The Bitcoin Frontier Fund, formerly known as Stacks Ventures, announced on Monday an accelerator focused on the NFT-like Ordinals, with plans to award several startups with mentorship opportunities and $100,000 grants.
Led by entrepreneur and influencer Trevor Owens, the Fund aims to foster growth around Ordinals, the Bitcoin-based protocol launched this January by developer Casey Rodarmor that has led to rampant experimentation around crypto’s oldest coin.
Ordinals allows for the creation of NFT-like assets on Bitcoin called inscriptions, and the protocol has gone on to yield innovations like Bitcoin-native tokens called BRC-20s. Owens told Decrypt that despite headwinds in the venture space, the potential for new firms to emerge through Ordinals and associated creations remains lucrative.
We are excited to announce the launch of the FIRST Ordinals Accelerator Program!
Ordinals have revolutionized what can be possible with Bitcoin.
We will be investing in Infrastructure, defi, dev tools, proven web3 use cases, and enabling technologies.
Learn more 🧵👇
— Bitcoin Frontier Fund (@BTCFrontierFund) August 14, 2023
“Building in the bear market now will be when the next unicorns are started,” Owens said, invoking the term used to describe private startups valued at over a billion dollars. “There are fewer people, but that makes it easier to see others.”
Under its previous moniker, the Bitcoin Frontier Fund raised $7 million to support companies focused on Bitcoin and the Stacks network. The organization is backed by Trust Machines, Hiro, the Stacks Foundation, and Stacks co-founder Muneeb Ali.
Stacks is a layer-2 blockchain that lets developers create smart contracts and decentralized applications on top of Bitcoin. Rebranding from Stacks Ventures to the Bitcoin Frontier Fund captures just how much Ordinals has changed the conversation surrounding Bitcoin and Web3 in recent months, Owens said.
“Before Ordinals came along, we didn’t see a way to build these types of advanced assets on Bitcoin’s layer-1,” he said, pointing out that inscription data is hosted directly on the network. “It’s the missing piece of the puzzle for creating assets on Bitcoin.”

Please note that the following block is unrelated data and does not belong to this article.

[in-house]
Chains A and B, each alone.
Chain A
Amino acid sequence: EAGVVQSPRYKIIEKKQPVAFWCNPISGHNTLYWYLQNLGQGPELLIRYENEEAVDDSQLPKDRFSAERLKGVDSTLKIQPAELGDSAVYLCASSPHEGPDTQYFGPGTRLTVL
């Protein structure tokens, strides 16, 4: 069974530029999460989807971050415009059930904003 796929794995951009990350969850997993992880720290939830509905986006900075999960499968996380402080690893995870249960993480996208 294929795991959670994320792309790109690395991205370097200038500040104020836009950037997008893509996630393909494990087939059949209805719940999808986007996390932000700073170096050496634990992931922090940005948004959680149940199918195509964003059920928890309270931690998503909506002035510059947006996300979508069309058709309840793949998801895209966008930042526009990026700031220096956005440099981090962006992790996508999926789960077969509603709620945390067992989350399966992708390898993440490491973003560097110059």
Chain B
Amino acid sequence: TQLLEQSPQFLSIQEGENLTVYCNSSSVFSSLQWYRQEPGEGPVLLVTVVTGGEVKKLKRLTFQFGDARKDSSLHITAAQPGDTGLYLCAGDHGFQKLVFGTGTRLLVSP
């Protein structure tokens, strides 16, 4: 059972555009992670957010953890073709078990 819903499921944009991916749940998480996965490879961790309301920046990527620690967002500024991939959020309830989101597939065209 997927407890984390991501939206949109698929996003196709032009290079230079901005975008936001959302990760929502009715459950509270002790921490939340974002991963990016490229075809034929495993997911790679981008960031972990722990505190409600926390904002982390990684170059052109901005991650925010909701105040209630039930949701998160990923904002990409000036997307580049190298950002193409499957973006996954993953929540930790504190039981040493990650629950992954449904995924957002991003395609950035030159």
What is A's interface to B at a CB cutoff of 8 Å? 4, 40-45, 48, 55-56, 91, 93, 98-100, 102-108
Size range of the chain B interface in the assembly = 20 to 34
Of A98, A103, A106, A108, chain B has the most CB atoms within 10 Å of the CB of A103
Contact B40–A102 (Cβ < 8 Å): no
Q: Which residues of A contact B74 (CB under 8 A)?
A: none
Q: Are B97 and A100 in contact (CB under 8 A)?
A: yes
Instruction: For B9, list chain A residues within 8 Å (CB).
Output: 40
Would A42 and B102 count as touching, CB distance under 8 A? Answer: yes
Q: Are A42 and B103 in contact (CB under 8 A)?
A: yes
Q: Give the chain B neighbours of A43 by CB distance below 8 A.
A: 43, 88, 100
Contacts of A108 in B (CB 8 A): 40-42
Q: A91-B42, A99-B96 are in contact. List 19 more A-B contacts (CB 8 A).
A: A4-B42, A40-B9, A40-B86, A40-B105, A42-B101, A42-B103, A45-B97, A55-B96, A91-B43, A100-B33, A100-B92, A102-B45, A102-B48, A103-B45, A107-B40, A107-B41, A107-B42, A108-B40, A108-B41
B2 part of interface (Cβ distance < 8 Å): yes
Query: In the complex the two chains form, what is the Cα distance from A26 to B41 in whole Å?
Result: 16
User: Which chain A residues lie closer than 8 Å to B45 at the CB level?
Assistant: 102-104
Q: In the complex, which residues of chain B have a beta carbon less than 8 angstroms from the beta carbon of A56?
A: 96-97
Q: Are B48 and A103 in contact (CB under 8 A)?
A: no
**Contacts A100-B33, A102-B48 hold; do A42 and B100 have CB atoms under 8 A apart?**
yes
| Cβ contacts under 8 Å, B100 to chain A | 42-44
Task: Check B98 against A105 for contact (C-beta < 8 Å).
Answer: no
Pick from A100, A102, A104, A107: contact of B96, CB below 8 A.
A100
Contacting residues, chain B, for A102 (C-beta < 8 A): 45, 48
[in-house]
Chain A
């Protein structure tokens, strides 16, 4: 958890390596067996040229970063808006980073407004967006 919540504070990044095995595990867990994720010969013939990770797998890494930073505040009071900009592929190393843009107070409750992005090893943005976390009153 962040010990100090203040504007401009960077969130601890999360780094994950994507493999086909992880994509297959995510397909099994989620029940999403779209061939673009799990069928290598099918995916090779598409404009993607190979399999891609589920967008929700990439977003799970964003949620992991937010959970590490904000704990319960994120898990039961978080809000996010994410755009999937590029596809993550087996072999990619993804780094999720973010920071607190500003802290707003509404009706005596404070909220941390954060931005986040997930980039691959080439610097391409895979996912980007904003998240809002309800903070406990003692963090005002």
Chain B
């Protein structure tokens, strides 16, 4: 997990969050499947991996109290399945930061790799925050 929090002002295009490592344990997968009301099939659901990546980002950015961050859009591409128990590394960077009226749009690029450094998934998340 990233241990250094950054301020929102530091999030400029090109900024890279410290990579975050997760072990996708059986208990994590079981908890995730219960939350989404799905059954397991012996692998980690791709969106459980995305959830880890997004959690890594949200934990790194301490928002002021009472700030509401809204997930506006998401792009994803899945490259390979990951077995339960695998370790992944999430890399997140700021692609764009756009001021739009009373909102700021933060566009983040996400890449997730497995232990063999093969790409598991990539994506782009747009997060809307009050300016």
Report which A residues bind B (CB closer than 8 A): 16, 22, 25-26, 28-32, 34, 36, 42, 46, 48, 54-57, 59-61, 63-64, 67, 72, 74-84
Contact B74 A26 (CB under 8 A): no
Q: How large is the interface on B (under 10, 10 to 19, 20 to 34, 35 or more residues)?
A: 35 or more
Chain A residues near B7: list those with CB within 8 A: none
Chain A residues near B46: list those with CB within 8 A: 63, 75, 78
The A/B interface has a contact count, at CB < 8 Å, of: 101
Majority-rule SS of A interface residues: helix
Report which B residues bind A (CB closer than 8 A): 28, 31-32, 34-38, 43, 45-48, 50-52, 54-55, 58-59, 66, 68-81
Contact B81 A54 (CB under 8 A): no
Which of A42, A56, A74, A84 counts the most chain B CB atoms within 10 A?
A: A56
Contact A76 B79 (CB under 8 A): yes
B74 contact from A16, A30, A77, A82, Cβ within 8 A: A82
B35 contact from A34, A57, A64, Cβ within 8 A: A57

The Ordinals accelerator program will last four months for each company that’s accepted, and prepare them to raise funding. Notable mentors include OnChain Monkey co-founder Amanda Terry, Dust Labs founder and CEO Kevin Henrikson, the pseudonymous on-chain data enthusiast Domo (who created the BRC-20 token standard), and Udi Wertheimer of Ordinals project Taproot Wizards.
Wertheimer’s “Great Ordinals Debate” was an anticipated spat at Bitcoin 2023 in Miami this past May—back when Ordinals garnered controversy for clogging Bitcoin’s network and sending transaction fees sky-high due to fervor surrounding BRC-20s.
While the pushback Ordinals received was palpable, the attention—as some of Bitcoin’s largest figures like MicroStrategy Executive Chairman Michael Saylor affirmed—also drove adoption, Owens said.
A recent drop-off in Ordinals-related activity has led some to speculate that Ordinals are “dead,” the pseudonymous Ordinals technical fellow known as Ordinally previously told Decrypt. Yet Owens argued a lack of buzz is only natural as the Ordinals space progresses, while critics—the so-called laser-eyed Bitcoin maximalists—tuck their tails between their legs.
“There’s always an initial hype cycle for every new technology,” he said. “But I hope that people will start to recognize Ordinals is a paradigm shift [in] how we can build applications on Bitcoin.”